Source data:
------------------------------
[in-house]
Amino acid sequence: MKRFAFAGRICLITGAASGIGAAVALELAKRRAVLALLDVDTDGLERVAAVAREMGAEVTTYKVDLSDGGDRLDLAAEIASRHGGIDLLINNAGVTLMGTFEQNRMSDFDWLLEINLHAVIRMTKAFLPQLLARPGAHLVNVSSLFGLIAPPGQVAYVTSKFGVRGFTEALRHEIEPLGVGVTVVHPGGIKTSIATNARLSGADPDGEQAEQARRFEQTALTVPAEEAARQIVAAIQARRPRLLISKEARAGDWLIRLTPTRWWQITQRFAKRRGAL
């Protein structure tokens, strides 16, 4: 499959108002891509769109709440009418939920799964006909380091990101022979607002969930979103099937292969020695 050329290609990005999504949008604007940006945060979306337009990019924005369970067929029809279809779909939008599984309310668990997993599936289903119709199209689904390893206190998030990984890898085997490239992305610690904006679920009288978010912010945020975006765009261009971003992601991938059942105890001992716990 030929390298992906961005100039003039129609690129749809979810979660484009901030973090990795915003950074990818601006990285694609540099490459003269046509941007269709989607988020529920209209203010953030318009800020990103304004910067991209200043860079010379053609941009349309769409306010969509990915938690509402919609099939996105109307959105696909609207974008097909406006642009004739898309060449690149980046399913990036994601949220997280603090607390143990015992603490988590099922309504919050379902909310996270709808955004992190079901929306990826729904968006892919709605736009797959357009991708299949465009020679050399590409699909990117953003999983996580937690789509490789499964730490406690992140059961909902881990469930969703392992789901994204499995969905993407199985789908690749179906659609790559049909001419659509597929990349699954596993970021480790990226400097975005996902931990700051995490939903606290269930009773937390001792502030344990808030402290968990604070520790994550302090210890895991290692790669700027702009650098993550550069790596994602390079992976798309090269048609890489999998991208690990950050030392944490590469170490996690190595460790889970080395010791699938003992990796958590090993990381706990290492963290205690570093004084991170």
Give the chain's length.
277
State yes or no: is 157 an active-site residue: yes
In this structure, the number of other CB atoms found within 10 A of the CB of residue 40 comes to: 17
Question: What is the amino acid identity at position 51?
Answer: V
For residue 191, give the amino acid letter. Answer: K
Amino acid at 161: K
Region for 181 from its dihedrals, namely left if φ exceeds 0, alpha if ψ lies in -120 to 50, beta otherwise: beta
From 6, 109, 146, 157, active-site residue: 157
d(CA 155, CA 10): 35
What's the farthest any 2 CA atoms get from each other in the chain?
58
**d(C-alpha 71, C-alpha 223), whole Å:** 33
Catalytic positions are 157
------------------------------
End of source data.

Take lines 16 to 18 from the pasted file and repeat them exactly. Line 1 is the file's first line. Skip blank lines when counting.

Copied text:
58
**d(C-alpha 71, C-alpha 223), whole Å:** 33
Catalytic positions are 157